and Bulgarian CHERNOYE MORE, Ukrainian CHORNE MORE, Turkish KARADENIZ,
Romanian MAREA NEAGRA, large inland sea situated at the southeastern extremity
of Europe. It is bordered by Ukraine to the north, Russia to the northeast,
Georgia to the east, Turkey to the south, and Bulgaria and Romania to
The Black Sea is connected to the distant waters of the
Atlantic Ocean by the succession of the Bosporus (a strait at
the Black Sea's southwestern corner), the Sea of Marmara, the Dardanelles,
the Aegean Sea, and the Mediterranean Sea.
The peninsula of Crimea extends into the sea from the north, and immediately to the east
the narrow Kerch Strait opens onto the smaller Sea of Azov. The Black Sea's water-surface
area is about 178,000 square miles (461,000 square km), and its maximum depth is more than
7,250 feet (2,210 m). The Black Sea has few coastal lowlands. The Danube, Dnieper,
Dniester, and Don are the largest rivers emptying into the sea.
The Black Sea is a residual basin of the ancient Tethys
Sea; its present form probably emerged about 58 million years ago when structural
upheavals in Anatolia split off the Caspian basin from the Mediterranean. The newly formed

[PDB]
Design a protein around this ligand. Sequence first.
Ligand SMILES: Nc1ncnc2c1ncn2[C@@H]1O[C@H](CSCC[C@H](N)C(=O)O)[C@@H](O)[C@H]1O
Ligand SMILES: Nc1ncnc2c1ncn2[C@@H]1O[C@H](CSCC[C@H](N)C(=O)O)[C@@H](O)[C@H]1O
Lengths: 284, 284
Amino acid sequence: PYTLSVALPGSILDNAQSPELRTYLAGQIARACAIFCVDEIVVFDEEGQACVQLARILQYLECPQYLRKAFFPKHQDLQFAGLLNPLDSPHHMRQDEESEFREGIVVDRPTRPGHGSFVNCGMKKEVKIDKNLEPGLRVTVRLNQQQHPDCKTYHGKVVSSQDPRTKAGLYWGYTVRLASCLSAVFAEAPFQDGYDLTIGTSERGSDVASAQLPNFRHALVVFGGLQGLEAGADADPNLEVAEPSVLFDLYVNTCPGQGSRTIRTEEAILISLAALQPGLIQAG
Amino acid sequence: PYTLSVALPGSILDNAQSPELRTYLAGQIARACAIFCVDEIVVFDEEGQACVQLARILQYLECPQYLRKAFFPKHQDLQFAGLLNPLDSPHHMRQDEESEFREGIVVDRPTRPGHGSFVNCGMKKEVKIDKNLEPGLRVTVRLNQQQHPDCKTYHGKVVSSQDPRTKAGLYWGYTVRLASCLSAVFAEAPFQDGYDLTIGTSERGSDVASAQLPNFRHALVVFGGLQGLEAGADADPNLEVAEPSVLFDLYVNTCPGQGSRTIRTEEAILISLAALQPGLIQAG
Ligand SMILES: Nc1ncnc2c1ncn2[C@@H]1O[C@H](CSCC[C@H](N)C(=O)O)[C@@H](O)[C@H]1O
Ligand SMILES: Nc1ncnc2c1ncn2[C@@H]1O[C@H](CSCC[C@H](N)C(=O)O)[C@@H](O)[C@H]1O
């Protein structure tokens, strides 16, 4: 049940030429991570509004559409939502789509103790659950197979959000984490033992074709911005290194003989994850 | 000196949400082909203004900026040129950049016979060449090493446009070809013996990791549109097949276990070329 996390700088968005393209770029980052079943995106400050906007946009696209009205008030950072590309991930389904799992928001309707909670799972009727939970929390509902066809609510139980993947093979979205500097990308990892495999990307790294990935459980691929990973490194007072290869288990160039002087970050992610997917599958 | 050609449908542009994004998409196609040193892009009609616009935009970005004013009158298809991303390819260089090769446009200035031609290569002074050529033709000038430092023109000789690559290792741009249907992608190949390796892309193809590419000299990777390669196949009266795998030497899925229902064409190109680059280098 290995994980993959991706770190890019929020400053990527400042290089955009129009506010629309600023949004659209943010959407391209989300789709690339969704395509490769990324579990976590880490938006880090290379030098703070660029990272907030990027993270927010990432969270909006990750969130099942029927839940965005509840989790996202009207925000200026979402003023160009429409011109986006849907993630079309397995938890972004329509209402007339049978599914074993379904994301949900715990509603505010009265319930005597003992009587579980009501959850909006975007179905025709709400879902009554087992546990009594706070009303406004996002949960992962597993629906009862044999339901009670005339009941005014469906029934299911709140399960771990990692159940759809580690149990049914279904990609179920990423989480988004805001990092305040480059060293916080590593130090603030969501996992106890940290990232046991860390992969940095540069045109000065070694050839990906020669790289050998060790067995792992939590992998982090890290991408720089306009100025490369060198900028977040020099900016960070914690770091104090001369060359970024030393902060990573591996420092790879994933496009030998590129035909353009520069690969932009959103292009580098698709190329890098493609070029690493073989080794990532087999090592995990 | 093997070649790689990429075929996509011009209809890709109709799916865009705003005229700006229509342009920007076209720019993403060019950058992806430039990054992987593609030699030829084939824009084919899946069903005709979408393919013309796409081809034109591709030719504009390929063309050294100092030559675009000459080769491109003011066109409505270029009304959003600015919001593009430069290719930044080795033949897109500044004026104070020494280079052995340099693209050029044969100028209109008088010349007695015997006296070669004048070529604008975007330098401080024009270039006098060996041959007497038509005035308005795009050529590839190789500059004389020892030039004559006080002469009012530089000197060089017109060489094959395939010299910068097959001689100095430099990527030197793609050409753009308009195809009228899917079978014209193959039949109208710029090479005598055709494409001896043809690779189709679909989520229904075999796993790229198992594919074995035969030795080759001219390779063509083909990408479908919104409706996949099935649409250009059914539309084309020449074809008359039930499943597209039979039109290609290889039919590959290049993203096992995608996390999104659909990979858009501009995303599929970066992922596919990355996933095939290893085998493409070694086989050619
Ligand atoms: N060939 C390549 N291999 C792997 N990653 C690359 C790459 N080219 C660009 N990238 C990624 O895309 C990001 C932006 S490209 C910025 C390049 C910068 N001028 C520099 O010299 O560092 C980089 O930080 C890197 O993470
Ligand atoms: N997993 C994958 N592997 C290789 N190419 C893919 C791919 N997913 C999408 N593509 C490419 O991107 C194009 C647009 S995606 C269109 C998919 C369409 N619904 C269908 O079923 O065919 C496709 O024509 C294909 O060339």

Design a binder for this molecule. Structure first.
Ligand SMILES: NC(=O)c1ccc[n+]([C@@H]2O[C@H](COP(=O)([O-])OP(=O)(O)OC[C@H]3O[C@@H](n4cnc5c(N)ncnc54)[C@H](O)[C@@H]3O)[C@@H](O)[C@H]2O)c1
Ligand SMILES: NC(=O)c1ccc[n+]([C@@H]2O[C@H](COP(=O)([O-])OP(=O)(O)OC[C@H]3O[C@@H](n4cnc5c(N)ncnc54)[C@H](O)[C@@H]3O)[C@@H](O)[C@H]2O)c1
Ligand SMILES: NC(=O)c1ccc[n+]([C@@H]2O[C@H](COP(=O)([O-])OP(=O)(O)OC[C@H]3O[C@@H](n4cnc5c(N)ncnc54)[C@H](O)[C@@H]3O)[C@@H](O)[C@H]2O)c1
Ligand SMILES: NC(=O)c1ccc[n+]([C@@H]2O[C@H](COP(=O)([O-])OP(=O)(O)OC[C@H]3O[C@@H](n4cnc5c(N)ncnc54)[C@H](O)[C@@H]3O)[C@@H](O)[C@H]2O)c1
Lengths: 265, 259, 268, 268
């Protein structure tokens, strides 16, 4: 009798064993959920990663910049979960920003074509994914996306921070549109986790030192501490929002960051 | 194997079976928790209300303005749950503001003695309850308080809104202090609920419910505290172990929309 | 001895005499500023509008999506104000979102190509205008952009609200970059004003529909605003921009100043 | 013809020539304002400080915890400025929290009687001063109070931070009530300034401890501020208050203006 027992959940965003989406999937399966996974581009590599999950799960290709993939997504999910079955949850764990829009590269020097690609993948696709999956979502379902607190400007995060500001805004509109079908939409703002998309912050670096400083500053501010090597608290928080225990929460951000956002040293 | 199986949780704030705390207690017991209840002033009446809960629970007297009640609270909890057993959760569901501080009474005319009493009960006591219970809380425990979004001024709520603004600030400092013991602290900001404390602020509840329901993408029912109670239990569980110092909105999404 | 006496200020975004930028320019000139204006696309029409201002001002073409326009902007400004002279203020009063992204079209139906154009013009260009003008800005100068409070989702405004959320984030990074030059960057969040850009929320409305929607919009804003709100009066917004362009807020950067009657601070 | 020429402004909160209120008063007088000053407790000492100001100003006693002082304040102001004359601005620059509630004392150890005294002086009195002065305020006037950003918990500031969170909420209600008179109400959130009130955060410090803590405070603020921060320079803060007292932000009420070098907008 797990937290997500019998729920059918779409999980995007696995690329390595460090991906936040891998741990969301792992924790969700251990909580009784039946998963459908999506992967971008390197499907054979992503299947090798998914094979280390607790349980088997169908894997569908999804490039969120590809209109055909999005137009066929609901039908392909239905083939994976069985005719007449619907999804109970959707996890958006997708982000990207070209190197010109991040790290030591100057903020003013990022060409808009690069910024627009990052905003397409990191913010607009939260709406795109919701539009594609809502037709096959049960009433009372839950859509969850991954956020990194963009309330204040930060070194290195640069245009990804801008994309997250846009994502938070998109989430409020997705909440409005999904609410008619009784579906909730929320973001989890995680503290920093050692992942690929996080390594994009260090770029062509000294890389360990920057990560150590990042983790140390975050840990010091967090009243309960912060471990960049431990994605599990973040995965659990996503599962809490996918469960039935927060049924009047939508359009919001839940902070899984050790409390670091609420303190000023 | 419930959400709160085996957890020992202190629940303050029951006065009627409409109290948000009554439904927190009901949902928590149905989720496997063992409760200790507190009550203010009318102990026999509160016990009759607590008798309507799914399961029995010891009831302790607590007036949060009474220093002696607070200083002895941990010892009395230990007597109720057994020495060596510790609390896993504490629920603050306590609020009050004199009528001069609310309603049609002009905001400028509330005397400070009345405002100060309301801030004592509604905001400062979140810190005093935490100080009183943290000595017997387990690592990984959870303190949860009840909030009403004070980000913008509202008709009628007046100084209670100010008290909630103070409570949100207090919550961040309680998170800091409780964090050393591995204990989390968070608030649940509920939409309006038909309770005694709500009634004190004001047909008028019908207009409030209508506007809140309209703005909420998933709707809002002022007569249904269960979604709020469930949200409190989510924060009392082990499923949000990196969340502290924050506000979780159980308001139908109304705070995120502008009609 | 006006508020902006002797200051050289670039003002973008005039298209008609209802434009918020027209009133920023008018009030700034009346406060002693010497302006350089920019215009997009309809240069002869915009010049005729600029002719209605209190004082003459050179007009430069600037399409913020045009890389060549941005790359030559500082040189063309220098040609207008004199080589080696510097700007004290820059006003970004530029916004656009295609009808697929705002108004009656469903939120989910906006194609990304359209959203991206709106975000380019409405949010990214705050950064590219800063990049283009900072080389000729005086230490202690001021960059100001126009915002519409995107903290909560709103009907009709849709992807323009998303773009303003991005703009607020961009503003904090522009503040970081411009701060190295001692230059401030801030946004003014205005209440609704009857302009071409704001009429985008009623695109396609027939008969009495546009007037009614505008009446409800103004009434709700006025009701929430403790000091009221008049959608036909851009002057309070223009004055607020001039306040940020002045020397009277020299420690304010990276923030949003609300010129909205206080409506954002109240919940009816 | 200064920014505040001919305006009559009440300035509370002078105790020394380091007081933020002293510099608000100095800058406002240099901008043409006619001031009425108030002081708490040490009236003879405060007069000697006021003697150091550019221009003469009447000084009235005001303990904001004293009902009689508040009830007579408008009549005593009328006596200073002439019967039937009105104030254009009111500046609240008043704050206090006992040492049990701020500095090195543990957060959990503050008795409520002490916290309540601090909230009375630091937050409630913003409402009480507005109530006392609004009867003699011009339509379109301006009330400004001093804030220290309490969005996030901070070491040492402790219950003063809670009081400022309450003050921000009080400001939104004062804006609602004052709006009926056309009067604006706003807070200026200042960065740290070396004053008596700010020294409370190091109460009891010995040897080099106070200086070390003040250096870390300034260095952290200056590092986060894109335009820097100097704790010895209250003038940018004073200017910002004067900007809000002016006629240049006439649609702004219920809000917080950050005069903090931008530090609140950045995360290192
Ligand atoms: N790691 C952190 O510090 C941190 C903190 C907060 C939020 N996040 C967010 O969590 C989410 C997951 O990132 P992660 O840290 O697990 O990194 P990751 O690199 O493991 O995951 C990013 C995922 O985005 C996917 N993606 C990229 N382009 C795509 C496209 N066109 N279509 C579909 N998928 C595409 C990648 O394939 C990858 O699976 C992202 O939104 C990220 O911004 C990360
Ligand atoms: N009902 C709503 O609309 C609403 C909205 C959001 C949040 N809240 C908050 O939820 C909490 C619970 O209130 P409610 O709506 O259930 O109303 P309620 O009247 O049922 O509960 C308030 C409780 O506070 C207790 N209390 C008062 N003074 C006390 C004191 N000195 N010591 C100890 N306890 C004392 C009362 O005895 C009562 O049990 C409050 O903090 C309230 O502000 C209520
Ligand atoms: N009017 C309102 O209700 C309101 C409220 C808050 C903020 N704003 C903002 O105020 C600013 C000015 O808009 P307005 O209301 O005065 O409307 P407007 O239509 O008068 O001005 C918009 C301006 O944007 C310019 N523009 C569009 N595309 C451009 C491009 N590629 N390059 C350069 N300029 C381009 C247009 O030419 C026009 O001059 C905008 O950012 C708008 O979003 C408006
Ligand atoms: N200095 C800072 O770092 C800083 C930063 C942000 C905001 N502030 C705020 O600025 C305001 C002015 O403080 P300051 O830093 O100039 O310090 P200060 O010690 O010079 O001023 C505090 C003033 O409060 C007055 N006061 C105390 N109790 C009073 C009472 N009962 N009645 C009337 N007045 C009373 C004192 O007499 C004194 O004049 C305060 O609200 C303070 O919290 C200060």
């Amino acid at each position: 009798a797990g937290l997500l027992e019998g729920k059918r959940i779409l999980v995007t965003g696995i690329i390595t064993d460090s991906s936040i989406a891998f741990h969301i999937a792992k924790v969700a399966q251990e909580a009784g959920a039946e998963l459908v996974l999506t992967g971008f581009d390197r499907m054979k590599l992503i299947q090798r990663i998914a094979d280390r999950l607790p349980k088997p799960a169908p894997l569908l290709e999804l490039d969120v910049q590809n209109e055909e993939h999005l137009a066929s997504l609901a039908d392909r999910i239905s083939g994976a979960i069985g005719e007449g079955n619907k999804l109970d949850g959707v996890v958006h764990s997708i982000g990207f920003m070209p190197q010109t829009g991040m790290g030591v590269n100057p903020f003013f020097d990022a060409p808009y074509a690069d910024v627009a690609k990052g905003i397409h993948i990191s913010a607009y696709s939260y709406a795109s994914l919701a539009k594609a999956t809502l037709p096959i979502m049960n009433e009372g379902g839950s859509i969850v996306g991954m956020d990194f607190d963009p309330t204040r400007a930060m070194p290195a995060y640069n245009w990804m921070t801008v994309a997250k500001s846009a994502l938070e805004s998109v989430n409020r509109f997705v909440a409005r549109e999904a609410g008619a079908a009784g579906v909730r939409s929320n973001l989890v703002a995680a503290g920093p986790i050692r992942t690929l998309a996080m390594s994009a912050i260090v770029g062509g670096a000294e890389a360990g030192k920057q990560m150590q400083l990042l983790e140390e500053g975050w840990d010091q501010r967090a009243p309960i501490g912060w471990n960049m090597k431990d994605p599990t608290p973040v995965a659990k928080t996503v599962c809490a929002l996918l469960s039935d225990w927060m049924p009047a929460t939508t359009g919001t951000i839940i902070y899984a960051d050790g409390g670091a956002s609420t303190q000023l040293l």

Black Sea basin gradually became isolated from the ocean, its salinity was reduced, and it
was slowly separated from the Caspian region. The salinity of the Black Sea is
almost half that of the world's oceans.
An unusual feature of the Black Sea is that oxygen is
dissolved only in the upper levels of its waters, which alone can support a rich sea life
as a result. Below a depth of 230-330 feet (70-100 m) at the centre and 330-500 feet
(100-150 m) near the sea's margins, there is no oxygen because the sea is permeated by a
high concentration of dissolved hydrogen sulfide, forming a saturated, "dead"
zone inhabitable only by specially adapted bacteria. Despite this anomaly, the Black Sea's
uppermost waters supported abundant sturgeon, mackerel, and anchovy until the late 20th
century, when the runoff of industrial and municipal wastes into the Danube, Dnieper, and
other feeder rivers caused increasing levels of pollution and consequent reductions in
The Black Sea remains an important shipping artery linking
Ukraine, Bulgaria, Romania, and southwestern Russia with world markets. The sea's northern
coast, particularly the Crimea, is a major recreational area for eastern European